Thomas M. Sullivan Thomas M. Sullivan
Vice President, Small Business Policy, U.S. Chamber of Commerce


October 13, 2023


Later this month, the top small business leaders from around the country who make up the U.S. Chamber’s Small Business Council will travel to Capitol Hill for their annual fly-in. 

Every small business may have different “asks” from Congress, ranging from tax policy to workforce challenges to the request that the federal government simply leave them alone. 

This year, a common thread among the small business founders and owners visiting our nation’s capital is the need for certainty. Whether its stability in tax policy, trade policy, or a steady stream of employment-based visas they can rely on, small business owners are looking for reassurance that they can operate their businesses without having to worry about unnecessary changes from the government.  

Small business needs certainty in tax policy 

The Chair of our Small Business Council Natalie Kaddas echoes the frustration of thousands of small business owners who are calling for the reinstatement of the research and development (R&D) tax deduction.  

For nearly 70 years, businesses have been able to immediately deduct 100% of their R&D expenses, which can include costs associated with the development, testing, and improvement of products and services.  Tax reform that lowered rates for businesses and individuals six years ago changed the rule to provide that R&D costs incurred in tax years beginning after December 31, 2021 must be capitalized and amortized over several years instead of deducted in the year incurred.    

So, as of January 1, 2022, businesses are no longer able to immediately write off these expenses. Instead, they are required to amortize their R&D investments, severely limiting their ability to continue investing in their business and threatening the competitiveness of the United States on a global scale.  

That change equated to a 35% tax hike for Kaddas’ business, and threatens America’s competitiveness as small businesses may be less likely to invest in R&D because of the tax penalty.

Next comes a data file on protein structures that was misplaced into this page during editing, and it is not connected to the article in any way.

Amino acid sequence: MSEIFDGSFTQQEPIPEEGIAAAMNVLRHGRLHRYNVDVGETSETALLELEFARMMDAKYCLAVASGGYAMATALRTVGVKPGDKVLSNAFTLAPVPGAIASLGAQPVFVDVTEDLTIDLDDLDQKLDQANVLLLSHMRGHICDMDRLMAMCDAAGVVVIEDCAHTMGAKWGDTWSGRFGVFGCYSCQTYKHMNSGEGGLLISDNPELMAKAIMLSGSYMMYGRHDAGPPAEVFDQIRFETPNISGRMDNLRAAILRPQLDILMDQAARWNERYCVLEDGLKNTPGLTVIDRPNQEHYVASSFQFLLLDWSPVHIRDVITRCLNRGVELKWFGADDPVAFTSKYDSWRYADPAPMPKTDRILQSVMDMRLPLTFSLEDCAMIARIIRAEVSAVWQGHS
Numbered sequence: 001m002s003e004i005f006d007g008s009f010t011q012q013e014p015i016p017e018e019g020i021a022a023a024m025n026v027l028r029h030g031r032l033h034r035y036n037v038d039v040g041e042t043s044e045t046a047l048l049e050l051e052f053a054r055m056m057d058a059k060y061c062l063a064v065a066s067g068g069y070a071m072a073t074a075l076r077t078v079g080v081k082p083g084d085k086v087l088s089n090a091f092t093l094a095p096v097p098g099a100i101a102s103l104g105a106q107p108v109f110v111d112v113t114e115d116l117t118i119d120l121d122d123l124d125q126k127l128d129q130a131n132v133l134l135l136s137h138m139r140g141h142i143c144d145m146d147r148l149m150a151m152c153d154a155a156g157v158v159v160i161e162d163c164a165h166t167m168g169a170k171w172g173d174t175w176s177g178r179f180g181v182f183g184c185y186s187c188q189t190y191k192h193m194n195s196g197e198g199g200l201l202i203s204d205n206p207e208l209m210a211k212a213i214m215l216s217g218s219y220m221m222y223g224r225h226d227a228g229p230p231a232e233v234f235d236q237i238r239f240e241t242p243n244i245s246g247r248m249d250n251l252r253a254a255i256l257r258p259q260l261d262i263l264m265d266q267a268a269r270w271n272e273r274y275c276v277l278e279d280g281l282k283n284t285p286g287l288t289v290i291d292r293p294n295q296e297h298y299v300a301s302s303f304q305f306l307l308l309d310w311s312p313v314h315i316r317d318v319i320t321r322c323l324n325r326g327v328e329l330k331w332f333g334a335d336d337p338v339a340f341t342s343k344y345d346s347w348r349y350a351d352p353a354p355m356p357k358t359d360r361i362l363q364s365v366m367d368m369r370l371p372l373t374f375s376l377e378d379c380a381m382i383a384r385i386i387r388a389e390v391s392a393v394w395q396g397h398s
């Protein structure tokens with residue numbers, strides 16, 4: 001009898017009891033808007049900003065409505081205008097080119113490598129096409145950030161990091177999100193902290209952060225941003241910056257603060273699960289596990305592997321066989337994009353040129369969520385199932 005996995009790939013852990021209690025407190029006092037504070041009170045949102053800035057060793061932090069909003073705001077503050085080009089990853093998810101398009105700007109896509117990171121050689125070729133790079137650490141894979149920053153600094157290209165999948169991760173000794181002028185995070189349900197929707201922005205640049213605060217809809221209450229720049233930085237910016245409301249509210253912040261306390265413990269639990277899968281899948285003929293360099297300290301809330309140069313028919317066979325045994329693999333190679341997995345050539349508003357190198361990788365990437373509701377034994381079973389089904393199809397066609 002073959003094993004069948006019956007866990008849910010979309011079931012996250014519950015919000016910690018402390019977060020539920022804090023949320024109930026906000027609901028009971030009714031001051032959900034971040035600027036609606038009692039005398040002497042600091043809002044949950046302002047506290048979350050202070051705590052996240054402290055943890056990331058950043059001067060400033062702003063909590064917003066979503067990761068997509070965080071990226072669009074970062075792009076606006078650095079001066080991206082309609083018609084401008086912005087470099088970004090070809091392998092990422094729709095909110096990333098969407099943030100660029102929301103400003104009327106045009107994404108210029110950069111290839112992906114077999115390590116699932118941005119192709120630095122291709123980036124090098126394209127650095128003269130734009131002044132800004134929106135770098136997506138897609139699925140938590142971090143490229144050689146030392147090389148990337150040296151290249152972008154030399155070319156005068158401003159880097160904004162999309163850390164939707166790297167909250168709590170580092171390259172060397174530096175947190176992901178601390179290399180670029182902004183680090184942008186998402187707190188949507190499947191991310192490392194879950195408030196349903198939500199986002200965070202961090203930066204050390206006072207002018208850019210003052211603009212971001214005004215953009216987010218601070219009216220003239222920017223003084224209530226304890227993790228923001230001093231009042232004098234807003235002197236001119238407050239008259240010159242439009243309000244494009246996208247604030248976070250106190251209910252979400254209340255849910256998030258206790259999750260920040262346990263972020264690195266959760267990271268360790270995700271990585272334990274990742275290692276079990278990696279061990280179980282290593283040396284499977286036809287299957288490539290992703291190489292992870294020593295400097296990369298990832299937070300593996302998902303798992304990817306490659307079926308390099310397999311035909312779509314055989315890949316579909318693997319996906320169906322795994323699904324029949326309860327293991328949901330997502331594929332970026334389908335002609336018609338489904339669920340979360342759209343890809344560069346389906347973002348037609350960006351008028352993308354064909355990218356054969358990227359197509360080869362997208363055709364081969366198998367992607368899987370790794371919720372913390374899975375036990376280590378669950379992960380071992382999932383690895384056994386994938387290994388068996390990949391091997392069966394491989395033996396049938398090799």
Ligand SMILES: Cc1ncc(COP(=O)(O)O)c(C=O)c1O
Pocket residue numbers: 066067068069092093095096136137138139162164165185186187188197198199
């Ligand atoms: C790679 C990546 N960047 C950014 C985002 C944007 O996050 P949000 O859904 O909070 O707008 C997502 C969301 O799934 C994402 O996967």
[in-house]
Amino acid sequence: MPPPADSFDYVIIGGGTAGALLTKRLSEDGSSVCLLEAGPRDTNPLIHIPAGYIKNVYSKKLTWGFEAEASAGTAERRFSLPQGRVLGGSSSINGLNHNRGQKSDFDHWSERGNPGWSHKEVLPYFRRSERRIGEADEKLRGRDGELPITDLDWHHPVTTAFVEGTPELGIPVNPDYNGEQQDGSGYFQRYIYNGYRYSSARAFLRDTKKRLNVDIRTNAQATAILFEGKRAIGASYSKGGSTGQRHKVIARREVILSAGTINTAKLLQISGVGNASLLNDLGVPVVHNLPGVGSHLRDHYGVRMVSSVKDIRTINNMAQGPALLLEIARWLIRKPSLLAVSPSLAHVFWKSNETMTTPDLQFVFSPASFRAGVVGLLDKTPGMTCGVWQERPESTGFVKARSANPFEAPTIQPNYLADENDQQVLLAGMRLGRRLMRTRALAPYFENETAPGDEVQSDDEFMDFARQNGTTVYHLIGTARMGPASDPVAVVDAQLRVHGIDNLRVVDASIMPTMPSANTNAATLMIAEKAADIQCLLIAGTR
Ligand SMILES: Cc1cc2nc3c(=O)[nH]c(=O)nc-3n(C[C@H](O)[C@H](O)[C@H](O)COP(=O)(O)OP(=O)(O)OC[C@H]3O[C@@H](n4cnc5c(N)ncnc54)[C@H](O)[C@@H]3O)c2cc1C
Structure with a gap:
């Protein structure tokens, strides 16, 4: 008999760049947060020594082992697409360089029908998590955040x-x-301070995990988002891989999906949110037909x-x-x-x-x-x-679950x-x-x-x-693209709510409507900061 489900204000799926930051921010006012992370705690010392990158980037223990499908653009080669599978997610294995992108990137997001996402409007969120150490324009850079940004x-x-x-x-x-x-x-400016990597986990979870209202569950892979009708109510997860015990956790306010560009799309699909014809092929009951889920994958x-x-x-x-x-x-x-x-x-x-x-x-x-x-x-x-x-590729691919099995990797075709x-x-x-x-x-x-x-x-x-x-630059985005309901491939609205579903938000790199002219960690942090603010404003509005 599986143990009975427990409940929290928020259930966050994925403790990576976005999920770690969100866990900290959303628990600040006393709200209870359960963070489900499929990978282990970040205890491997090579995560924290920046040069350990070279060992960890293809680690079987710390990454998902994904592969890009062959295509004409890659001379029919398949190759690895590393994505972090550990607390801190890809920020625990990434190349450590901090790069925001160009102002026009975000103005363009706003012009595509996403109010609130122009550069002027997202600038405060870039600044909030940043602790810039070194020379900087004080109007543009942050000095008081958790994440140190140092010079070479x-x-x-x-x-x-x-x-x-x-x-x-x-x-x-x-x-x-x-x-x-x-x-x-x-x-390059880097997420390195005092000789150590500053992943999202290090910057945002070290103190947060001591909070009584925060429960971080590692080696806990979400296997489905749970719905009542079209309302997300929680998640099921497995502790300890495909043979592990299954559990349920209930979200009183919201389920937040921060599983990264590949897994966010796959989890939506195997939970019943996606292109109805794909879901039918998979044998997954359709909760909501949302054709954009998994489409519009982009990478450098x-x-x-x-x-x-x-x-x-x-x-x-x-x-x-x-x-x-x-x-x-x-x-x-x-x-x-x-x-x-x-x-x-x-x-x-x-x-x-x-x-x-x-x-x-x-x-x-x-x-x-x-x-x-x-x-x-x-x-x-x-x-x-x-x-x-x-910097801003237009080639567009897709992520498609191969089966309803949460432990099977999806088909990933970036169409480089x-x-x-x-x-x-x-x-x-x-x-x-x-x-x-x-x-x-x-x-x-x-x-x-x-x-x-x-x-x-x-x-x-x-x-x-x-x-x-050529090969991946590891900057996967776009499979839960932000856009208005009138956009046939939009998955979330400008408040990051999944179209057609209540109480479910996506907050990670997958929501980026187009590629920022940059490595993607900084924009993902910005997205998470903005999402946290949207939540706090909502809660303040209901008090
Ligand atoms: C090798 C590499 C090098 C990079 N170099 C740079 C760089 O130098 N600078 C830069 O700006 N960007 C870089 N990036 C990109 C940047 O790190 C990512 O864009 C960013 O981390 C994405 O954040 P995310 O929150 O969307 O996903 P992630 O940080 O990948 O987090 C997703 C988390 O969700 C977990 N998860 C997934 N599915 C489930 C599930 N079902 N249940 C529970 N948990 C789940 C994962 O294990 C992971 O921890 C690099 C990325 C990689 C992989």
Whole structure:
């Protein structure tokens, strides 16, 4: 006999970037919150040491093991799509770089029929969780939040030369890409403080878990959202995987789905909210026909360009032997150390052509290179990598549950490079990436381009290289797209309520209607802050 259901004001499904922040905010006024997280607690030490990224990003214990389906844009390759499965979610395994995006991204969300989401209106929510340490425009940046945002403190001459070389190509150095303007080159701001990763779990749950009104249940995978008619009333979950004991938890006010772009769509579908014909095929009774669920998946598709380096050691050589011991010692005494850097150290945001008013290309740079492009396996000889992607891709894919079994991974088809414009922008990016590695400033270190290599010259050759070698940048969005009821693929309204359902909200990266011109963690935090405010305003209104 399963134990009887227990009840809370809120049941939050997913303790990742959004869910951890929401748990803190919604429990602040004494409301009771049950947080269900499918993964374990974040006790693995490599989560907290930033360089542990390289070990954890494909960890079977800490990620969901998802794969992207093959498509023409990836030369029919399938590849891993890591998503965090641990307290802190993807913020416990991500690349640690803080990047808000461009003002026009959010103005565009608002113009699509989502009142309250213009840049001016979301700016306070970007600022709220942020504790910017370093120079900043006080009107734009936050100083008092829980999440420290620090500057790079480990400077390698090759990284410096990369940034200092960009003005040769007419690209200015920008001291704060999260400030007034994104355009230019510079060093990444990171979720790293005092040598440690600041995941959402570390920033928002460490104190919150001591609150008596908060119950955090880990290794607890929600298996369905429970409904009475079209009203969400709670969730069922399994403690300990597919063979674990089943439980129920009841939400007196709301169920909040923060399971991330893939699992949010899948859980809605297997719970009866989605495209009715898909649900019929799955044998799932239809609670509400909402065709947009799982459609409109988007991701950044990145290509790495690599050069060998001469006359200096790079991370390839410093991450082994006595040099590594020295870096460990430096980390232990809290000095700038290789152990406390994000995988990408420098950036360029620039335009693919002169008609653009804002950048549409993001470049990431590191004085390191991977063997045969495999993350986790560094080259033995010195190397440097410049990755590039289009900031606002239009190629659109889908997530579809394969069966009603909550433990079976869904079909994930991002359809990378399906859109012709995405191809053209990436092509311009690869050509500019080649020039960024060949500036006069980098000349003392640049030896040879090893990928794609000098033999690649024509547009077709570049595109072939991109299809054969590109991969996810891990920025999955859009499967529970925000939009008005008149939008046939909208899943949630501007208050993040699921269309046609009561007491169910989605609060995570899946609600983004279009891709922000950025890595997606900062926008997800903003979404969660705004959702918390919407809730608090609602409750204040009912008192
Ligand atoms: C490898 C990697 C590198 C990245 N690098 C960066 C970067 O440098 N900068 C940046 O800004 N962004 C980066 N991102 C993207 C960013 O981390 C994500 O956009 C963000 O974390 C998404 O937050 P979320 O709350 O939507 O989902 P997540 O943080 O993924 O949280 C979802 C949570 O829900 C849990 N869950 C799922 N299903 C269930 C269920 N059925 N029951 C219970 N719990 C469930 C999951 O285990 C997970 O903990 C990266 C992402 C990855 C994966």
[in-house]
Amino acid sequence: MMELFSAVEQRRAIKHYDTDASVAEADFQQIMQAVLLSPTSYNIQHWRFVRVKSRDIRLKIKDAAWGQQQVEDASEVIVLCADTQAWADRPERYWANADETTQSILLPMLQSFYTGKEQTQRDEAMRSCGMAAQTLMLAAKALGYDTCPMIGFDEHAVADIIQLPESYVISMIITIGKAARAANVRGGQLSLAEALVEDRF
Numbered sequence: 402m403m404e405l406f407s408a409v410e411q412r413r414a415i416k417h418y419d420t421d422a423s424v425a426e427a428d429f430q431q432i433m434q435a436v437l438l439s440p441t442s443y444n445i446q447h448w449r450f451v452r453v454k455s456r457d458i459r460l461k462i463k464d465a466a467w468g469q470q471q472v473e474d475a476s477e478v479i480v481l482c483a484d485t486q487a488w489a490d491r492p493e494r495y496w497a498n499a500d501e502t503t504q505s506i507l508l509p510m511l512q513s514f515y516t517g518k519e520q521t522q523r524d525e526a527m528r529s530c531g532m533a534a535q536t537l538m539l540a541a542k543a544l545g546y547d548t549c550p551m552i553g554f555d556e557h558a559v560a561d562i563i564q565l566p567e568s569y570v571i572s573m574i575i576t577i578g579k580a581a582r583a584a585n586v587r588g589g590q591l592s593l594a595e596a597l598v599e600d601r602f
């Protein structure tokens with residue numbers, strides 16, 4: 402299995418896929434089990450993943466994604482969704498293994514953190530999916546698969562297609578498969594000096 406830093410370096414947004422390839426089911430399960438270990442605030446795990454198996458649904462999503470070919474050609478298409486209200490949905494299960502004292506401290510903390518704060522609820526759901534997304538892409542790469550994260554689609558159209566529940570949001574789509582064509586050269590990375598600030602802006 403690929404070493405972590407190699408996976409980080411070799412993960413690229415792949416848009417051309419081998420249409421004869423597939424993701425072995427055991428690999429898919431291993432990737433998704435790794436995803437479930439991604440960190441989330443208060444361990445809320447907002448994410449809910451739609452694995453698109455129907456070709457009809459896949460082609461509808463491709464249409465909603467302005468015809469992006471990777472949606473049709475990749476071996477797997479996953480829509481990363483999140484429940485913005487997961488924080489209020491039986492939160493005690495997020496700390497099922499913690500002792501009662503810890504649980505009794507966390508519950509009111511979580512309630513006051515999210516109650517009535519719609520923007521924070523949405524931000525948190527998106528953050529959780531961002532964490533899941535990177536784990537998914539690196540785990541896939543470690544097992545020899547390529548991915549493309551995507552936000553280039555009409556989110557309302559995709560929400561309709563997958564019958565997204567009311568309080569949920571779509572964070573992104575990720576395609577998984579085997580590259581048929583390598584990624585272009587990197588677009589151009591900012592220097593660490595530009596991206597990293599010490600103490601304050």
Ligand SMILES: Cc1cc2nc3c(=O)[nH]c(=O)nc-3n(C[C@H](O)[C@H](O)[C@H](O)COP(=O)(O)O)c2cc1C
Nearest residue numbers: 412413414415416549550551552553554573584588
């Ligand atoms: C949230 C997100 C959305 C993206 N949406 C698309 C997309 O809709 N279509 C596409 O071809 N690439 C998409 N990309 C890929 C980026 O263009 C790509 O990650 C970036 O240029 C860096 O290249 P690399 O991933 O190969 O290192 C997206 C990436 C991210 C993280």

Small business needs certainty in trade policy

Among our Small Business Council members who will be on Capitol Hill this month are Amy and Adam Fazackerley, Co-Founders of Lay-n-Go in Virginia, a small business that makes patented organizational bags.  Several years ago, they moved manufacturing from China to Cambodia, following the direction of free trade policies that made economic sense.   

When the Generalized System of Preferences (GSP) expired, the resulting tariffs forced Lay-n-Go back to China.  Amy and Adam are passionate advocates for the reinstatement of GSP and the U.S. Chamber continues to push Congress and the Biden administration towards free trade agreements that will provide increased certainty for thousands of small business owners.   

Small business needs certainty in immigration policy  

Another Small Business Council member is Mike Zaffaroni, owner of Liberty Landscape Supply in Jacksonville. Zaffaroni continues to face worker shortages at his Florida landscaping business and is an advocate for increasing the H-2B visa cap after successfully hiring several visa holders this past year.   

Zaffaroni knows that the H-2B visa cap is way too low and doesn’t allow enough workers to provide certainty for him and other small employers who are desperate for employees.  The cap on workers in the H-2B program hasn’t been revised in over 30 years. Zaffaroni will be telling his story to Congress with the hope of greater workforce certainty. 

Lack of certainty goes beyond anecdotes and is causing broader anxiety within America’s small business community.   

That anxiety appears in the chasm in confidence between small businesses and national leadership in Washington, DC.  According to the Q3 MetLife & U.S. Chamber of Commerce Small Business Index, small businesses’ confidence in their own operations, cash flow, and revenue expectations ranks at its highest since the pandemic. However, attitudes towards the national economy and policies set in Washington are generally negative with 43% of small business owners souring on the national economic outlook. Just 33% give the national economy positive marks. 

One way for Congress to bend that curve upward is a better understanding of how providing certainty will help small businesses.  The more often small businesses come to Washington and host elected officials back in their districts, the greater likelihood that will happen. 

About the authors

Thomas M. Sullivan

Thomas M. Sullivan

Thomas M. Sullivan is vice president of small business policy at the U.S. Chamber of Commerce. Working with chambers of commerce and the U.S. Chamber’s nationwide network, Sullivan harnesses the views of small businesses and translates that grassroots power into federal policies that bolster free enterprise and reward entrepreneurship. He runs the U.S.

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